South Africa’s economy can sustain its growth rate of three percent and increase it in the future, particularly through labor market reform, International Monetary Fund (IMF) chief Rodrigo Rato said recently.
The jobless rate in the continent’s biggest economy is estimated at between 30 and 40%, and there has been growing labor unrest in the past few weeks as unions press for higher wages in deals spanning the next few years.
Rato said South Africa’s sound fiscal and monetary policies had laid the ground for sustained economic growth, but he emphasized that reforms introduced to liberalize the economy should continue, including more privatization and labor reform.
“By reforming the labor market South Africa could achieve not only more economic growth in the future but also a reduction of the unemployment levels. I think there is potential for an increase in the growth rate,” he told reporters.
South Africa’s annual growth rate has averaged 2.7% in the past 10 years, nearly double its level during the previous decade, which was under apartheid rule.
There are signs that growth is gathering momentum this year, with an increase of 3.9% in the second quarter of 2004, up from 3.6% in the first three months.
“The economy is presently enjoying a recovery in activity that we expect to continue through at least 2005. Growth needs to be elevated to a higher plateau if there is to be a significant fall in unemployment,” Rato said in a statement.
The IMF chief was speaking on his second trip to the world’s poorest continent since taking up his post three months ago. He was visiting South Africa ahead of an African Union summit on employment and poverty in Burkino Faso in West Africa.
Steps to boost economy
Reducing redundancy costs, introducing more flexibility into wage-setting and making it easier for small and medium-sized business to get finance would all help South Africa’s economy, Rato said in reply to a question.
Rato said the IMF saw room to “strengthen” privatization of the country’s electricity sector - which is next on the government’s reform agenda.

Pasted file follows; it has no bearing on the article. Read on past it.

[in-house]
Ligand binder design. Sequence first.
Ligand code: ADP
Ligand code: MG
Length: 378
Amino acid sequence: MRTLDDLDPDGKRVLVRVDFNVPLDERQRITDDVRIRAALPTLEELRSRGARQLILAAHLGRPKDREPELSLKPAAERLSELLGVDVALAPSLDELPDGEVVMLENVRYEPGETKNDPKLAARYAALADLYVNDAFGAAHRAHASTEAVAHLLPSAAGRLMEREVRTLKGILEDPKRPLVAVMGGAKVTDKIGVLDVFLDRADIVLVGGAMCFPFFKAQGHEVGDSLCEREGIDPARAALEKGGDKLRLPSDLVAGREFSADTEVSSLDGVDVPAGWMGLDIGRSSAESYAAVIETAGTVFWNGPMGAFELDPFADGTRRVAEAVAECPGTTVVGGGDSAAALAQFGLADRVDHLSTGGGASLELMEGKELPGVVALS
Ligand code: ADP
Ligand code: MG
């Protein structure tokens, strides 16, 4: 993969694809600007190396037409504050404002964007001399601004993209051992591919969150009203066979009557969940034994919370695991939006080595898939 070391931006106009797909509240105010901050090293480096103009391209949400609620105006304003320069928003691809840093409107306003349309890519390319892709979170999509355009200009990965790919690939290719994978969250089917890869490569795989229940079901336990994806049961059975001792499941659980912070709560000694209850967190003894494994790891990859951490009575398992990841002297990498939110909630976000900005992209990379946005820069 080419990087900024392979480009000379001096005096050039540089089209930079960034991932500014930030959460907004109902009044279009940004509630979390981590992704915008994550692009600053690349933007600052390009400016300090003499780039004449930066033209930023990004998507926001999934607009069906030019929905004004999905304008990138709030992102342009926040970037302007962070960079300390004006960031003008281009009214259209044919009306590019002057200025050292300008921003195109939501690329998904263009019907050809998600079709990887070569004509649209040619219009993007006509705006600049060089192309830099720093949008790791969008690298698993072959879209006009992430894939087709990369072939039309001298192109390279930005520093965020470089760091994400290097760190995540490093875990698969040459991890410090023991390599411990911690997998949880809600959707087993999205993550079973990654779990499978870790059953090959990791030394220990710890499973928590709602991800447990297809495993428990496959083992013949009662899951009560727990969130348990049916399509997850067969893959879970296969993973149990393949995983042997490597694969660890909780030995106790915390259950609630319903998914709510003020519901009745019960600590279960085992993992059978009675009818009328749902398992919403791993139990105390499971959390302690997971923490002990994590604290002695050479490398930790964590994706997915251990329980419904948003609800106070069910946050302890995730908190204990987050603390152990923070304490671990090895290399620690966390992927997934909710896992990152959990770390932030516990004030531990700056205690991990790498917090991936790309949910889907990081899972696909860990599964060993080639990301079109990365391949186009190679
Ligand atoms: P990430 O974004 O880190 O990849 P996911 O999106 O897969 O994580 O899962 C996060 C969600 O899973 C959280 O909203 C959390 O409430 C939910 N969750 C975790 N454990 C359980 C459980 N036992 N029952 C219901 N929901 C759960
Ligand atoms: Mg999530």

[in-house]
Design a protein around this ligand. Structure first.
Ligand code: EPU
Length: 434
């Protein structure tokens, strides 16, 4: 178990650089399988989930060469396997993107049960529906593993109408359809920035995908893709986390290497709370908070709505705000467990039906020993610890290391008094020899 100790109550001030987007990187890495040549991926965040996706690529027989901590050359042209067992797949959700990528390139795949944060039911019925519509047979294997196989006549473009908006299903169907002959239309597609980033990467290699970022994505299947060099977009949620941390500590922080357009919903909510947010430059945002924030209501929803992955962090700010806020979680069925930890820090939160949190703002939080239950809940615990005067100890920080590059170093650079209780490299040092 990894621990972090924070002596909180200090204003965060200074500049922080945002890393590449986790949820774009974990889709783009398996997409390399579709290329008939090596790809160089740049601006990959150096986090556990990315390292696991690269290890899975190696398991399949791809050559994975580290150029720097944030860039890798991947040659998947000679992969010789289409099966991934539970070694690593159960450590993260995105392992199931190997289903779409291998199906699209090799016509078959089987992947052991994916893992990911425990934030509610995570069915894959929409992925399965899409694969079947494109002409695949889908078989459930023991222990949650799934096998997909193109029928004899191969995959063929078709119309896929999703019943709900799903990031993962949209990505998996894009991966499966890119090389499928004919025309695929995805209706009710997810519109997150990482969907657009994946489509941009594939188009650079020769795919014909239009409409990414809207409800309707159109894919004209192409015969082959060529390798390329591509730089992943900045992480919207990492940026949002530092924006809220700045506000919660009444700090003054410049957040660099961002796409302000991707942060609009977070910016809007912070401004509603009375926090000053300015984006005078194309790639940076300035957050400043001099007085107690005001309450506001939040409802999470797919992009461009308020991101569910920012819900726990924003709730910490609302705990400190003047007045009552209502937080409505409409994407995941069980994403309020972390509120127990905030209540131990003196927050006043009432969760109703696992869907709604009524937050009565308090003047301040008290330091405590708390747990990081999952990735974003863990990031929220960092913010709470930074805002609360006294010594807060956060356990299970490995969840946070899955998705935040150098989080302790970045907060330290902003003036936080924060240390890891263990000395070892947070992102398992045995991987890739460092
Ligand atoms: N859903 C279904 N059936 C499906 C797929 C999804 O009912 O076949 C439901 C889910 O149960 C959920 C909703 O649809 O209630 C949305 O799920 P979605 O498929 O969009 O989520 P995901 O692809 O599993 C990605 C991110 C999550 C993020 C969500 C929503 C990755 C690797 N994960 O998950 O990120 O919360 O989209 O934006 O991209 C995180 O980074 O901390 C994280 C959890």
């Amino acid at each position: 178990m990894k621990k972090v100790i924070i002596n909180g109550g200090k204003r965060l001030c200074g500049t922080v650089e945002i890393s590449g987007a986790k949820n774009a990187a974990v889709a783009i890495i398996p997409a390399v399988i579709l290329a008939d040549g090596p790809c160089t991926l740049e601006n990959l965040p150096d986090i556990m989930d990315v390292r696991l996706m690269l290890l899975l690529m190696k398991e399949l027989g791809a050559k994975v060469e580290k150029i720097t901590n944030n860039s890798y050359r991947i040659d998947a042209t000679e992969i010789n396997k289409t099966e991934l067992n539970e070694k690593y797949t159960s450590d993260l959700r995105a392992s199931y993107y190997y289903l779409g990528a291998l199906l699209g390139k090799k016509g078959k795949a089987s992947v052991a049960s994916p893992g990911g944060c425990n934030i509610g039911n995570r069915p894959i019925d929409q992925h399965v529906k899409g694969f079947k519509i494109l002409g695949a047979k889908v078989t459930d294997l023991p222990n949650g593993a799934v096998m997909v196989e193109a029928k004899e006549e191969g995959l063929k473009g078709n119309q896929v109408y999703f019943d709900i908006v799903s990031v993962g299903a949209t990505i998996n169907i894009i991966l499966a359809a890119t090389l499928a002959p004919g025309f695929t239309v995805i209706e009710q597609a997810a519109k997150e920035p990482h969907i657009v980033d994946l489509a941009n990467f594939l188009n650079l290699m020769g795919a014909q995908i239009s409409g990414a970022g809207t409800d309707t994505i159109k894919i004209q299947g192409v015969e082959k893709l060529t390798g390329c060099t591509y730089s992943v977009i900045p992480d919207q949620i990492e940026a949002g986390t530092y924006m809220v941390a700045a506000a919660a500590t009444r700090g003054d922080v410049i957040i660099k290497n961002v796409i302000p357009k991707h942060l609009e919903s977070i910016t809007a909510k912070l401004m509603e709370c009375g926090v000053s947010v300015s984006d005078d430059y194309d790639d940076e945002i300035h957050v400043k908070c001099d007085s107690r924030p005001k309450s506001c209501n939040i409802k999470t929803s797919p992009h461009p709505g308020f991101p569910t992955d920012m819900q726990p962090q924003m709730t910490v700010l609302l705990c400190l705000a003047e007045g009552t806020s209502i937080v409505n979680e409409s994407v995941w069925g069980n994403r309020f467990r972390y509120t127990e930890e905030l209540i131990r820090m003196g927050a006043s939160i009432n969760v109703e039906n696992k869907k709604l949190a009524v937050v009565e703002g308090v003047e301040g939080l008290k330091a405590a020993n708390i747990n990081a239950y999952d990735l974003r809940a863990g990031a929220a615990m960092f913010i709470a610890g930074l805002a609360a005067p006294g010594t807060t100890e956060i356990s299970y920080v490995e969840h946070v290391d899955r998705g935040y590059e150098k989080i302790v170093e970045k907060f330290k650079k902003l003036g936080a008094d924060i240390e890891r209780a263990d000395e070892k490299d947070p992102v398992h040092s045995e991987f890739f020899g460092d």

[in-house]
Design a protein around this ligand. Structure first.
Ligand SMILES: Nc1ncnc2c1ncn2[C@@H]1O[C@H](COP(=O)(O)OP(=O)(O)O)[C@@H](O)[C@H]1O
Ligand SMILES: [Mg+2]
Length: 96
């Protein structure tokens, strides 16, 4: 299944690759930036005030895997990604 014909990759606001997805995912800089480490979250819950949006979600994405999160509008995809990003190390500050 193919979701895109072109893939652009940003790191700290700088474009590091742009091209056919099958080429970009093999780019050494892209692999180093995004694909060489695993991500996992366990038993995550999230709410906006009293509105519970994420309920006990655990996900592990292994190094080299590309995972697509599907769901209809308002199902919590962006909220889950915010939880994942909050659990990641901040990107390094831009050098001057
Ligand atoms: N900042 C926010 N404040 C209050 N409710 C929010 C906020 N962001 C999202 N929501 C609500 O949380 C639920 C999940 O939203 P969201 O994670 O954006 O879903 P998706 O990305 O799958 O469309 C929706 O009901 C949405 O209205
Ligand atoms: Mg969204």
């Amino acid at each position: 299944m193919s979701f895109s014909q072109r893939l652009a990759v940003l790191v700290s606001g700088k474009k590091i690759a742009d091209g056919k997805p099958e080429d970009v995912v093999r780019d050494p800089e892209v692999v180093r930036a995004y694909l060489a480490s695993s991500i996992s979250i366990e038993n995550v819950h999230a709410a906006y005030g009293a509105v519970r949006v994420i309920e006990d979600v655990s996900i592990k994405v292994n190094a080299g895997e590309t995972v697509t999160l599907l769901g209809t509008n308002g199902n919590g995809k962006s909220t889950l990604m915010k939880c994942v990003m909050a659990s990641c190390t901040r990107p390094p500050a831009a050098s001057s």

The pace of privatization has slowed sharply in the country over the past year, but officials maintain there is no change in its policy and the government plans to sell 30% of power utility Eskom’s generating capacity by 2006.
Rato did not indicate whether the IMF believed that strength in South Africa’s rand - which has rallied by about 70% against the dollar since December 2001 - was hurting the economy, but said the unit was valued “rationally” by markets.
“The rand is in line with fundamentals in the economy,” he said in reply to a question. There has been a growing outcry for steps to weaken the currency after its gains eroded exports, corporate profits and jobs.
The IMF chief sounded an upbeat note on prospects for the rest of the continent, although he said that countries which had sound economic and governance policies were much better off.
“Supported by the recovery in global economic activity, we expect economic growth in sub-Saharan Africa to rise to over 4.5% in 2004 and to in excess of five percent next year,” he said in his statement.
But Rato pointed out that developed economies had to play their role, through increased development assistance - preferably in the form of grants - and further liberalization of trade, eliminating subsidies.